Priority: - Prevent
Tags: Agricultural | Terrestrial | EDRR
Identification and Reproduction
- Perennial pepperweed is in the mustard family and grows 0.3 to 1.5 m tall. In the right conditions it can grow up to 2 m tall.
- This plant grows from a woody stem. Multiple stems can arise from a single crown.
- Leaves are waxy or leathery. Lower leaves are 30cm long and oblong shaped and upper leaves are 10 cm long. Leaves are alternately arranged on the stem.
- Produces clusters of small, white flowers. Each individual flower is made up of 4 petals.
- This plant has a deep creeping root system that allows further spread from broken fragments.
- Roots make up about 40% of the total biomass of the plant.
- Pepperweed is a prolific seed producer; a single plant can spread over 16 billion seeds per hectare per year.
- Seeds can be dispersed by wind or water.
- Seeds remain viable for at least 2 years.
Habitat & Ecology
- It commonly invades irrigated pastures, grasslands, rangelands and native meadows.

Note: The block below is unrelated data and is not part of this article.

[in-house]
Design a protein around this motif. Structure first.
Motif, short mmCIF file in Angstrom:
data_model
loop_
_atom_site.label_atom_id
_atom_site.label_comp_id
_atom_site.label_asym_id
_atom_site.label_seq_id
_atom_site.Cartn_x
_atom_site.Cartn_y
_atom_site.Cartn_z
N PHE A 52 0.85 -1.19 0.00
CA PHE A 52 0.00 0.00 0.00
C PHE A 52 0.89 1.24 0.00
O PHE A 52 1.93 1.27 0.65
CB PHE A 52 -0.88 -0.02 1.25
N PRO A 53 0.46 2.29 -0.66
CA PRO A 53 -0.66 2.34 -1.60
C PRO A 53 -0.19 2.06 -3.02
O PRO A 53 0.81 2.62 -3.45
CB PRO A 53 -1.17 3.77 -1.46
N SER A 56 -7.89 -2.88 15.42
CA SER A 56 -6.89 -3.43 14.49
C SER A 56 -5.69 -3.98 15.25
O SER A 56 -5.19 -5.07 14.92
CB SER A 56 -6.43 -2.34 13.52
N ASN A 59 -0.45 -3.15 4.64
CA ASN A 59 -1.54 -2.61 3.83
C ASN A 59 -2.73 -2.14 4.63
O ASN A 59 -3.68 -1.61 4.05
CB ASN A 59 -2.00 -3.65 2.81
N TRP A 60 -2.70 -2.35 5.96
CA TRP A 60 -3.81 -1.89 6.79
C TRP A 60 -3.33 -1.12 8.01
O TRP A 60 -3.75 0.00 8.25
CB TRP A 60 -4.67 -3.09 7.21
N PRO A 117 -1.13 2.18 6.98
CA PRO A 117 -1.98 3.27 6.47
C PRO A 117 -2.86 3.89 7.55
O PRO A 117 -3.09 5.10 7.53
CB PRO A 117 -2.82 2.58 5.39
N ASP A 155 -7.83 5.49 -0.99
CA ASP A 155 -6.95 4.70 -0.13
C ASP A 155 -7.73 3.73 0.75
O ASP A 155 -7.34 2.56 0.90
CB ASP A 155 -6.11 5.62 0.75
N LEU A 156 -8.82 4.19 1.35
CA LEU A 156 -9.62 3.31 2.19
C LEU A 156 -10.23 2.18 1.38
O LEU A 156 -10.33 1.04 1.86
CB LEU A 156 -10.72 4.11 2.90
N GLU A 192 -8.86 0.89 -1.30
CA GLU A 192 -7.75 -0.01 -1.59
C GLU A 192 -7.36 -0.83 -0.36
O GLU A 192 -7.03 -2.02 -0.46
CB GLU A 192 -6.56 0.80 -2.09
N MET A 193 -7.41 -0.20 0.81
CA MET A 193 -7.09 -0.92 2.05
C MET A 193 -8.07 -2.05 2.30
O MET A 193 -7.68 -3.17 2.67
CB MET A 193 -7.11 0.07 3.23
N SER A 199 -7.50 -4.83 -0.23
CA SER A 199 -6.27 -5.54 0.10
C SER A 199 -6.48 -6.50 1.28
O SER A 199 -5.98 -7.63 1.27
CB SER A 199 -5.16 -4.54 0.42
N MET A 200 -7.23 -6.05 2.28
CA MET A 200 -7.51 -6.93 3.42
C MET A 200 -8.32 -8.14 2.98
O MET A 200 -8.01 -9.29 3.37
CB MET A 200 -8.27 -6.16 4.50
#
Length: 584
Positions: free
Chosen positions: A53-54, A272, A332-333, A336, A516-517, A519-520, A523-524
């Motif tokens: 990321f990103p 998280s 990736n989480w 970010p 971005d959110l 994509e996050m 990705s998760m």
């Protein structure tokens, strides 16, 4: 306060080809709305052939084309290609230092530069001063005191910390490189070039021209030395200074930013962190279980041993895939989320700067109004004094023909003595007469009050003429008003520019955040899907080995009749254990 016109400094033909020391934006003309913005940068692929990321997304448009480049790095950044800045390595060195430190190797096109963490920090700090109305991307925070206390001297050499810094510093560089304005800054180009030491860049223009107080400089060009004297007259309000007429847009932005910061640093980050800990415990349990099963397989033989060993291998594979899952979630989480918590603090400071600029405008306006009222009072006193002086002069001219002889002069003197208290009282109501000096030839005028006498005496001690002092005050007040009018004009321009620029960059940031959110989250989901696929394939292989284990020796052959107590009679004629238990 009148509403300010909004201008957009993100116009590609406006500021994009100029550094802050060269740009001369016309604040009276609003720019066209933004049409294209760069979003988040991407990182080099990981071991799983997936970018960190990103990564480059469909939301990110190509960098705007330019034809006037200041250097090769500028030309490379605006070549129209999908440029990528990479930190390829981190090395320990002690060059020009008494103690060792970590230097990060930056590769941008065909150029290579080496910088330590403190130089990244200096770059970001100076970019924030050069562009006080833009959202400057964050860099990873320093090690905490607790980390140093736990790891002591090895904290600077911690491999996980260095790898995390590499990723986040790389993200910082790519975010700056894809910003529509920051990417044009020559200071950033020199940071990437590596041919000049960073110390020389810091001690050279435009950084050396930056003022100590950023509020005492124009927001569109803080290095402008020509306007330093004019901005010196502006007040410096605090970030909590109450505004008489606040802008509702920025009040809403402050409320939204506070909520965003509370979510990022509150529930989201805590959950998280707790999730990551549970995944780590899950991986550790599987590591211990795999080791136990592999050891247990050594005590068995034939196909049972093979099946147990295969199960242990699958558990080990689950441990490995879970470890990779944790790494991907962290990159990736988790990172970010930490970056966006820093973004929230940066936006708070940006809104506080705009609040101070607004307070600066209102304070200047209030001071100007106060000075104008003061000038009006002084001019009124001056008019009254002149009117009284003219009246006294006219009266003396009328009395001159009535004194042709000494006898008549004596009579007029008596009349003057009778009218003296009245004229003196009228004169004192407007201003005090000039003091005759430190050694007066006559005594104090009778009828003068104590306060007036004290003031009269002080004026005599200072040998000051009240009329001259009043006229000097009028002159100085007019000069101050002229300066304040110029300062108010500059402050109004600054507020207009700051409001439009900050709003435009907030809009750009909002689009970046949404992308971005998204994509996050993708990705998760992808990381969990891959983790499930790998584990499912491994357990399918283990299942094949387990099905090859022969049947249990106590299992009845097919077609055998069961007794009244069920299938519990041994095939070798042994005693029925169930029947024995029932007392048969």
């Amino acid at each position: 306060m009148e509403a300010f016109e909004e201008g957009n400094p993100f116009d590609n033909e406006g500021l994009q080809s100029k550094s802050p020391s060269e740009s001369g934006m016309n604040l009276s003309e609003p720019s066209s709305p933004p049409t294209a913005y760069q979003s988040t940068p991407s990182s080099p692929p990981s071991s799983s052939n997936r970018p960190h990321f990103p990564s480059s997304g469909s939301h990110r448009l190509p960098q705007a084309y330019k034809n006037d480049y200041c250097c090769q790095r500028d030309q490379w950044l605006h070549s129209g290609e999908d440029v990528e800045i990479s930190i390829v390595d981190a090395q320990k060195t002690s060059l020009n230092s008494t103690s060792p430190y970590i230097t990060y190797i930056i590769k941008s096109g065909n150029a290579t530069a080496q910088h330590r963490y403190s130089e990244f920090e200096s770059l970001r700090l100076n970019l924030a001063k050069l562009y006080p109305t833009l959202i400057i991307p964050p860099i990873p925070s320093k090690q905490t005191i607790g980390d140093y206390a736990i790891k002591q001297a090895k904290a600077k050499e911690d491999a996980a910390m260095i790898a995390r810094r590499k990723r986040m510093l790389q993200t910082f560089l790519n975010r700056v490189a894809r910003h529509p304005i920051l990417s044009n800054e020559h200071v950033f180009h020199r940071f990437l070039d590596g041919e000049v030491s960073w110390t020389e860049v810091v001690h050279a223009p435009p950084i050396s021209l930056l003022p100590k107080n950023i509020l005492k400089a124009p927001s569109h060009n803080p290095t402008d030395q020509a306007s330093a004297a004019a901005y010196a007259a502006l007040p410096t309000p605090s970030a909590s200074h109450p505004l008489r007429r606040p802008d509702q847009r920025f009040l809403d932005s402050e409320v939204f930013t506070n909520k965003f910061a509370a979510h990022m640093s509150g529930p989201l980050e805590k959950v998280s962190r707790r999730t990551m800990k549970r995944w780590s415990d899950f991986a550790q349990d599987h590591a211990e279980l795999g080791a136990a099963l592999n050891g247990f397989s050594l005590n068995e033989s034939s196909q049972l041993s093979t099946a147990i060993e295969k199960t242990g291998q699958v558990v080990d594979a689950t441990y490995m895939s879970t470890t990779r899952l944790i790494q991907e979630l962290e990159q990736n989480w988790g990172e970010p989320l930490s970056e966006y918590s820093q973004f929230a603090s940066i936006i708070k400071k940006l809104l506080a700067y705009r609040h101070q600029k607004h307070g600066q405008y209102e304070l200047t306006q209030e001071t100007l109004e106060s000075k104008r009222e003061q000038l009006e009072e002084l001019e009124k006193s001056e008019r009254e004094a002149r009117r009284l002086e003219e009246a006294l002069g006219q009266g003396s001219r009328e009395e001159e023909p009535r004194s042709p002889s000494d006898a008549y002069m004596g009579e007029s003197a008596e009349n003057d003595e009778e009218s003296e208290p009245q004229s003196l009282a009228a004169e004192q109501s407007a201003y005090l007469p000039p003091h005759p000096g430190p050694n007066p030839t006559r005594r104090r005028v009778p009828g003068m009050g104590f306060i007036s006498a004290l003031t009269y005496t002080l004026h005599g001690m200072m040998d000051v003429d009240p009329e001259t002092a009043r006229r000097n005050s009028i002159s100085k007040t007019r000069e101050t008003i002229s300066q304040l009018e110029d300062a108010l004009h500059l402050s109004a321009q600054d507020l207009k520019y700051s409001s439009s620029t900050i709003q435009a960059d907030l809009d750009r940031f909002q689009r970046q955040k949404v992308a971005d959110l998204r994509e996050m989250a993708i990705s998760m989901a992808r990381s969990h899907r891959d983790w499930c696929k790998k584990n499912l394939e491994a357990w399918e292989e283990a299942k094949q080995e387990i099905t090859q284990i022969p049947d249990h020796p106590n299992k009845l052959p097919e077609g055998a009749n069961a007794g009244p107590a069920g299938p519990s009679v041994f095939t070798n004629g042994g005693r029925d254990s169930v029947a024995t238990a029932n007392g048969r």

- It is the most aggressive in wetland habitats, typically growing within 30 m of a water source.
- Can occur in moist soils along riparian areas.
- Contaminates seed crops.
- Reduces crop yields and quality.
- Reduces the forage potential and quality for livestock.
- Large infestations will out-compete native vegetation.
- Dense patches can increase erosion and damage riverbank habitats.
- It acts as a ‘salt pump’, absorbing salt ions from deep within the soil and then depositing salt near the surface.
- Creates monoculture stands across landscapes.
Prevention is a high priority for this plant.
- Use certified, clean seed mixtures to prevent the accidental introduction of pepperweed.
- Ensure clothing, pets, tools and vehicles are free of seeds and plant parts before leaving an infested site.
- Monitor crop lands for perennial pepperweed and please report this plant if you think you have seen it.
- Mechanical control alone is ineffective because cultivation can encourage and help spread plant parts.
- Mowing, cultivation then the application of black tarp has seen success. Tarp should be left for at least two growing seasons.
Download BC's Invasive Species Alert on perennial pepperweed here.
For more details check out the Invasive Species Compendium datasheet on Lepidium latifolium (perennial pepperweed).
Header photo (Matt Lavin).